4:42 PM  
Blogger The Sovereign Editor said...

Ok, Liberal. First of all, I don't believe you. There is no way you paid 66 cents per gallon for gas in 1999. Not if you're paying $2.47 now. I got gas for $2.49 today. In 1999, I was paying $1.35 or so for gas. So you see my problem. Unless they've enacted a lot of local taxes in your area since 1999, or unless your local gas station owners have formed their own price-fixing cartel, then I really don't see how it's possible. (I am, of course assuming that you have always lived where you are... a baseless assumption, but still... and it's not that I really don't believe you, I'm just saying that what you said doesn't really make sense to me taken with certain other facts -- namely that gas prices apparently jumped a lot more steeply in your area than they did everywhere else)

When I started driving in 1995, gas was around $1.12. $1.08 on a good day. I heard you could still get it for 89 cents in Georgia. Then, around the summer of 1996, the gas prices suddenly jumped up to around $1.30. They stayed high for several weeks, then settled back down around $1.21, which I still think is too high. In 1997, the process repeated, but less drastically. The new price was around $1.26. It continued, sharply increasing beginning last year (or maybe the year before).

One huge contributing factor to the price of gasoline is Bush's abandonment of the strong dollar policy. If the dollar were worth what it was in 1995, we would be paying around $1.95 -- which is still too much in my opinion. That means that, in 1995 dollars, the price of gas has gone up 83 cents or so since 1995. That's a lot, but it's been ten years. Oil is traded internationally in dollars. Don't for a moment that the value of the dollar doesn't directly impact the amount you pay for gasoline (I'm not saying that this accounts for all of the increase, but it is an important factor, I believe).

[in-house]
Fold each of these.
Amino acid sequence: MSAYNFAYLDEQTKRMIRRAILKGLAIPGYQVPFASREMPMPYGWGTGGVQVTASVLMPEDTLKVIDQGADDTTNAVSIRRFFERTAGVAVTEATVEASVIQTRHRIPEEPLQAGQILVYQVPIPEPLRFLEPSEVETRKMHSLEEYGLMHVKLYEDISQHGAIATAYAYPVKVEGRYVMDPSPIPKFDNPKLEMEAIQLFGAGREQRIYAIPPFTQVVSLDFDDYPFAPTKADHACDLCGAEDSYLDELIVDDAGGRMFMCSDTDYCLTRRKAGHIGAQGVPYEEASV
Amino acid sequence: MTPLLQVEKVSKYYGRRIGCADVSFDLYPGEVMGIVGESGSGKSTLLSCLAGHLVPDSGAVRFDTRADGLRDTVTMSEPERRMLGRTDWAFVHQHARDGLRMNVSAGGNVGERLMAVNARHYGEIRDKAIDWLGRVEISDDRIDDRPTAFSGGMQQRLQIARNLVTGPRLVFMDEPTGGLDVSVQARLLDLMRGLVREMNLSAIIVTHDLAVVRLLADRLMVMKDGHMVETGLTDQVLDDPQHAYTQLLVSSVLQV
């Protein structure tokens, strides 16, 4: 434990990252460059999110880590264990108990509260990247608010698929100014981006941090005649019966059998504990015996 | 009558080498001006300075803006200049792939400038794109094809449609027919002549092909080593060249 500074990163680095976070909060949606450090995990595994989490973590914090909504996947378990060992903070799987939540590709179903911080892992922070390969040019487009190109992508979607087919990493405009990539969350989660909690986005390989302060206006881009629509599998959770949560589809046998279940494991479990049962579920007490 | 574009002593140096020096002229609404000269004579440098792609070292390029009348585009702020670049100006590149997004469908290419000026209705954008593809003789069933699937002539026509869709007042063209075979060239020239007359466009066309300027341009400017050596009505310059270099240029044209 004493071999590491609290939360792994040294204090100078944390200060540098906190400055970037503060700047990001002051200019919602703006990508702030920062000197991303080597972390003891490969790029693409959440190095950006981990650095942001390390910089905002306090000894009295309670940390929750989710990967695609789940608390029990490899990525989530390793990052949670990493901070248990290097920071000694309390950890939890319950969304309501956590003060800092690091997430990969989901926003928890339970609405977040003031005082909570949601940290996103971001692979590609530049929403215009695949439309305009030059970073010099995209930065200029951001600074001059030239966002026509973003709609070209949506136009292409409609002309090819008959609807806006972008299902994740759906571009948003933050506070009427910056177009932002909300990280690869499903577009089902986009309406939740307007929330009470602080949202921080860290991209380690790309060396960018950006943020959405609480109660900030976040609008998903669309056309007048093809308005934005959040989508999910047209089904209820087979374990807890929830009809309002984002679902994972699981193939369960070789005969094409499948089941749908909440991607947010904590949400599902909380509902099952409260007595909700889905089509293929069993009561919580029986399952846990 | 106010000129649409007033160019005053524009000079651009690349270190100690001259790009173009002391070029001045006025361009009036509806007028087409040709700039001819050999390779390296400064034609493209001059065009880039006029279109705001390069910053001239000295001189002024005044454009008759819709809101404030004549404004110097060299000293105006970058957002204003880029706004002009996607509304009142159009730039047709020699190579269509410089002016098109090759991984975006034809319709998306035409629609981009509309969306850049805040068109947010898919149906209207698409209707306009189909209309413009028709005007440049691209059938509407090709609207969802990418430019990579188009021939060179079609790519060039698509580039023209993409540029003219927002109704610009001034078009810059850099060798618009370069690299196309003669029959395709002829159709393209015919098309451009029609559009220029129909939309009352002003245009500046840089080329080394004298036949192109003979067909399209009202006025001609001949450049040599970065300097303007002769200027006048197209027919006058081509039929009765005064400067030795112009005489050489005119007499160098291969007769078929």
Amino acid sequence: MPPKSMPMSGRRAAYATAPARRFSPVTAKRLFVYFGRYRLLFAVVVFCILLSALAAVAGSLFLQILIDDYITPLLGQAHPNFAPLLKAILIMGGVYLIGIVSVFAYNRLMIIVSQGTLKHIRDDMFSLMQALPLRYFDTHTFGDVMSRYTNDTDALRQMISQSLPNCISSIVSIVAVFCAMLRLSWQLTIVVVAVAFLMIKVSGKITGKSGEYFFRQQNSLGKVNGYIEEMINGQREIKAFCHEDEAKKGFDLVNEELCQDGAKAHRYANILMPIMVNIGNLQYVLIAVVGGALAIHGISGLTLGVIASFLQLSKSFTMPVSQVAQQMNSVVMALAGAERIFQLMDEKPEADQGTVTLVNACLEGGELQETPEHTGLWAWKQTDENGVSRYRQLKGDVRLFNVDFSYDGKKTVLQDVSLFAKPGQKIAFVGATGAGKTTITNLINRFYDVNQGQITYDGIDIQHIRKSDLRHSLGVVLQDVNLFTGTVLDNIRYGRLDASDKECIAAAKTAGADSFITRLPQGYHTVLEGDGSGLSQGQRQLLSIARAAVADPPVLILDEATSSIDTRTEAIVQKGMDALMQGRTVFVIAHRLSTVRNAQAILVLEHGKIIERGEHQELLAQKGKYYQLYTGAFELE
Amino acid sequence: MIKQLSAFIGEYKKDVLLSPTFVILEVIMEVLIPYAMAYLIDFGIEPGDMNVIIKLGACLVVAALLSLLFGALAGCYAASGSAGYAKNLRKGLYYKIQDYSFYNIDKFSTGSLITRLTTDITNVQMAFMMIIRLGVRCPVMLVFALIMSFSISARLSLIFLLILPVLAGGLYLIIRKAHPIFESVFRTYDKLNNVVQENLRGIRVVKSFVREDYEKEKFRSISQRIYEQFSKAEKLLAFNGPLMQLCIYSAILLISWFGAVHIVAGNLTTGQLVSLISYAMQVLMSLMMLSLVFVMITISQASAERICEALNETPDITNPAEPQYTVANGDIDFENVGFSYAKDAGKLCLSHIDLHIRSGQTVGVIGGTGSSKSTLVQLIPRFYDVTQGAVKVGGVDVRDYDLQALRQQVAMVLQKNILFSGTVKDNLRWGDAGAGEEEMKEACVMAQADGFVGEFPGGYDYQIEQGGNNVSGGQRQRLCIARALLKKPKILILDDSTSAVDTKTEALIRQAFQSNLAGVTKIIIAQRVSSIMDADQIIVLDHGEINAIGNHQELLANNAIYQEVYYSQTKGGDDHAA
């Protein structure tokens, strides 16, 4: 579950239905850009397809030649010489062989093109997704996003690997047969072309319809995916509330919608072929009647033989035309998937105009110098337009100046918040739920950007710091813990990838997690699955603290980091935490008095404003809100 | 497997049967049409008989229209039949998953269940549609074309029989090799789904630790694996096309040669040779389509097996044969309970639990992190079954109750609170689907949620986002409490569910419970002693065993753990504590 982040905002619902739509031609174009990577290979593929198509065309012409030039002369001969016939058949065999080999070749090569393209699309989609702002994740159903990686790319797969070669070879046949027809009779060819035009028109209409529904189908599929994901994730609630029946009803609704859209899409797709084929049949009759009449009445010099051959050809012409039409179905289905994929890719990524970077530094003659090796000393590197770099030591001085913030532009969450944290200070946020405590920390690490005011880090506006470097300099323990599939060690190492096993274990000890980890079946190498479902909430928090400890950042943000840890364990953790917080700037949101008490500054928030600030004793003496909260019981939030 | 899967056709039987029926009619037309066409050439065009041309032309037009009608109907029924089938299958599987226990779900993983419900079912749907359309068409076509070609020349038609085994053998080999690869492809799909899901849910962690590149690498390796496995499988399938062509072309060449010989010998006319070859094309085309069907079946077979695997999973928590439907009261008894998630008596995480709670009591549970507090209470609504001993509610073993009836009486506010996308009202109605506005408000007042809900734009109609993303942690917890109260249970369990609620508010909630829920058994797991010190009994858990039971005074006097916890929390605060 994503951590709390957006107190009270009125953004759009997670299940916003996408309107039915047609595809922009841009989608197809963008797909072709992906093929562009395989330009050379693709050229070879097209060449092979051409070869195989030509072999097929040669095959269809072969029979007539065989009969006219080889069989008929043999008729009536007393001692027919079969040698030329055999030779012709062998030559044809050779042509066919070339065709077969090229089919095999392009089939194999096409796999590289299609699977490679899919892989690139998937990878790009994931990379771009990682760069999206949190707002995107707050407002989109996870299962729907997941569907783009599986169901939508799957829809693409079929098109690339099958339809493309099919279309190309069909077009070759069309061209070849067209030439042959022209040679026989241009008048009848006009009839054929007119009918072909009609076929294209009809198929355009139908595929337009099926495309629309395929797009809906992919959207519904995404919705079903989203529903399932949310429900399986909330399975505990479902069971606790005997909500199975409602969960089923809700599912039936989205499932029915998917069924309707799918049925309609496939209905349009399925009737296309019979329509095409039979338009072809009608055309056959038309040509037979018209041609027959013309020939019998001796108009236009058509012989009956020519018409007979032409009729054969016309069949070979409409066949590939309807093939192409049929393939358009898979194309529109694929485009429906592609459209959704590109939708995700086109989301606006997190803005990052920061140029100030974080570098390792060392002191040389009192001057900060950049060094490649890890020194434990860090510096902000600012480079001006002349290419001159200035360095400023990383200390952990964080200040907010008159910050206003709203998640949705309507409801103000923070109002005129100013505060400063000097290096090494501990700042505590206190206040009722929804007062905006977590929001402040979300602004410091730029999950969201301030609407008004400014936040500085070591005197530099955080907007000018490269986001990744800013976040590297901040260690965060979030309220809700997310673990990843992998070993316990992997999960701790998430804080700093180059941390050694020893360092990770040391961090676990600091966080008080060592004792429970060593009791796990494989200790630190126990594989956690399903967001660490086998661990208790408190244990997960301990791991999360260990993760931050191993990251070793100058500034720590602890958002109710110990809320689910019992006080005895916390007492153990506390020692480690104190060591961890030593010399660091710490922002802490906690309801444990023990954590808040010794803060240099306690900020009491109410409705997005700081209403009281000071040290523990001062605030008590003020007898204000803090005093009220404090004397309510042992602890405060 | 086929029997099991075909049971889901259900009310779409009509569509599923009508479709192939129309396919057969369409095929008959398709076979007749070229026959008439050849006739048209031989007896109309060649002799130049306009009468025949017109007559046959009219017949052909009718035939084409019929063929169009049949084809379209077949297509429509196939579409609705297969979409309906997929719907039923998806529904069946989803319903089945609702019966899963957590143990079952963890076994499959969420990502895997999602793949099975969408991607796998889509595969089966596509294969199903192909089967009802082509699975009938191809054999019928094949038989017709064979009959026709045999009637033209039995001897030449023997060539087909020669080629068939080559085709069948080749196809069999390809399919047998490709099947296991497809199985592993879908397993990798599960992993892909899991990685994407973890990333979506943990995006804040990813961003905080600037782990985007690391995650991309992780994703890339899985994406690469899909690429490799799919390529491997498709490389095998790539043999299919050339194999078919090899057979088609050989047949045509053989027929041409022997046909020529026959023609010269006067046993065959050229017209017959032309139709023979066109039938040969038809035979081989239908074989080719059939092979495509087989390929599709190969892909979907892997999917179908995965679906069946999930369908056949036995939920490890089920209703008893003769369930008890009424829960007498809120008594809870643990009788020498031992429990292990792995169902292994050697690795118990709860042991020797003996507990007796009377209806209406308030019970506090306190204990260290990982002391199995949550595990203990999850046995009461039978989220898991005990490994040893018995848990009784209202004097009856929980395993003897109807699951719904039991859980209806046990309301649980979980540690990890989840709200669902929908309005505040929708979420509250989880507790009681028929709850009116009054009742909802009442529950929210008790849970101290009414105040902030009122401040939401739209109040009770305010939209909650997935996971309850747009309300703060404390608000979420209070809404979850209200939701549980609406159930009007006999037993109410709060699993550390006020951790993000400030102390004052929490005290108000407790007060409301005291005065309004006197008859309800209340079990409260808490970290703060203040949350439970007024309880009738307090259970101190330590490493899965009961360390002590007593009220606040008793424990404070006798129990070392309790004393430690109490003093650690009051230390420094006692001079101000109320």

Here's a post on my blog that touches on this idea.

7:09 PM  
Blogger Unadulterated Underdog said...

ROJ- I don't care if you believe me or not because I know exactly what I paid. I will never forget buying my first tank of gas. You need to be aware of and remember that Oklahoma is traditionally one of the cheapest places for gas in the nation. We are usually about the last place a price hike effects. As to how oil is bought and sold, that is something that every Oklahoman knows a little about since we lost our asses on it in the 1980's. Trust me, I know what I was paying then and I know what I am paying now. As to adding taxes, I do believe the state has added taxes to fuel at least twice since that time. Once was for highway improvements and once was for education I believe. CHEERS!

7:15 PM  
Blogger David Schantz said...